- Seaweed that had a green lettuce like appearance. There was also a brownish colored seaweed which moved with the time.
- Rock weeds, which are a sign of a clean harbor and strong ecosystem.
- Clam shells that had washed up on the shore.
- land birds
- mussels: Most were eaten and their shells were attached to the dock. Other animals made use of their shells.
- Striped Bass
- shrimp and other crustaceans
- A small fish we captured and then set free
- As a class we pulled up a rope teeming with seaweed, crustaceans, mussels and much more.
Sunday, July 14, 2013
Day Three: Checking Out The Docks
Today the class spent the entire morning and afternoon in the field. We moved around the docks of the Boston Harbor looking at the creatures and vegetation that call the harbor home. Boston's waterfront has become a vibrant area for humans and sea life alike. The class broke into groups and began to "do science."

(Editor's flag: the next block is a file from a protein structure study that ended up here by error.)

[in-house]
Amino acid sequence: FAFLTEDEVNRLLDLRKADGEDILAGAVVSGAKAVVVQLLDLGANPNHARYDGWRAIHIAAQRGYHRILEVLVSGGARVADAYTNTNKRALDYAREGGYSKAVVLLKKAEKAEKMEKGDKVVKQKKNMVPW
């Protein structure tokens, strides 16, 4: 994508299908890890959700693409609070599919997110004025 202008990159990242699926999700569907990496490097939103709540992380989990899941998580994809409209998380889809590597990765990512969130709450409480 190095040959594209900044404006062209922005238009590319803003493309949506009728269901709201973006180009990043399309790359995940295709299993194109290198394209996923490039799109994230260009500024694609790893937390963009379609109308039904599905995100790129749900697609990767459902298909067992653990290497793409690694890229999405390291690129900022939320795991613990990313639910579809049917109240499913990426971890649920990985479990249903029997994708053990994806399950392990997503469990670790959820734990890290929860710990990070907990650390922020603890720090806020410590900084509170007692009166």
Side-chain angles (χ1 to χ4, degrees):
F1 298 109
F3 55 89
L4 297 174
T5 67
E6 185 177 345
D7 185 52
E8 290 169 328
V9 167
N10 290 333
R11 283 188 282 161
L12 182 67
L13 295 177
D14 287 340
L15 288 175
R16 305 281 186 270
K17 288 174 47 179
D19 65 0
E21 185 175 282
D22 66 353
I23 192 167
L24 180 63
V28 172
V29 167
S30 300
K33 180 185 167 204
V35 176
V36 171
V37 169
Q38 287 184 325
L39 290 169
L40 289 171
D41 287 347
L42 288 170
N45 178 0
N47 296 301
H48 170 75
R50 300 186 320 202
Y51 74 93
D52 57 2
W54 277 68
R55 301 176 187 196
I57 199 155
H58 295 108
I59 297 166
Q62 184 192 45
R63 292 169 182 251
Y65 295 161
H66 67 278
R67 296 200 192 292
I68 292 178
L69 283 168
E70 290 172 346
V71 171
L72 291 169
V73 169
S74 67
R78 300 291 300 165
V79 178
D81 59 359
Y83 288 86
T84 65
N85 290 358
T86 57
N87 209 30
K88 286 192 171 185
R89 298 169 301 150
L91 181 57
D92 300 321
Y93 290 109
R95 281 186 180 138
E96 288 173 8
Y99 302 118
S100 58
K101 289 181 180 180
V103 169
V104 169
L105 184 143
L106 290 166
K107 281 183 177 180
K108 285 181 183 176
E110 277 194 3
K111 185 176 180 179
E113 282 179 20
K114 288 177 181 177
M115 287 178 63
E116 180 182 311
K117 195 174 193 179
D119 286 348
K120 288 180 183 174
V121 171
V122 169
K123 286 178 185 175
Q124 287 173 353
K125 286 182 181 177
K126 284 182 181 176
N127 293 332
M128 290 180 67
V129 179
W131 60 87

Today was a hot one. We arrived at the waterfront during low tide. The visibility in the water was roughly 3-5 feet. In the group I was in we discovered and examined,
Today I saw a harbor that appears to be rich with life. On the surface we humans dominate the harbor; but we are also maintaining a safe environment for other forms of life to flourish as well. Also, today we were reminded that the circle of life can be vicious, as we saw gulls hunt and eat crabs. Although that could just be my values. It was not personal just business as usual at the Boston Harbor. I am looking forward to our next excursion.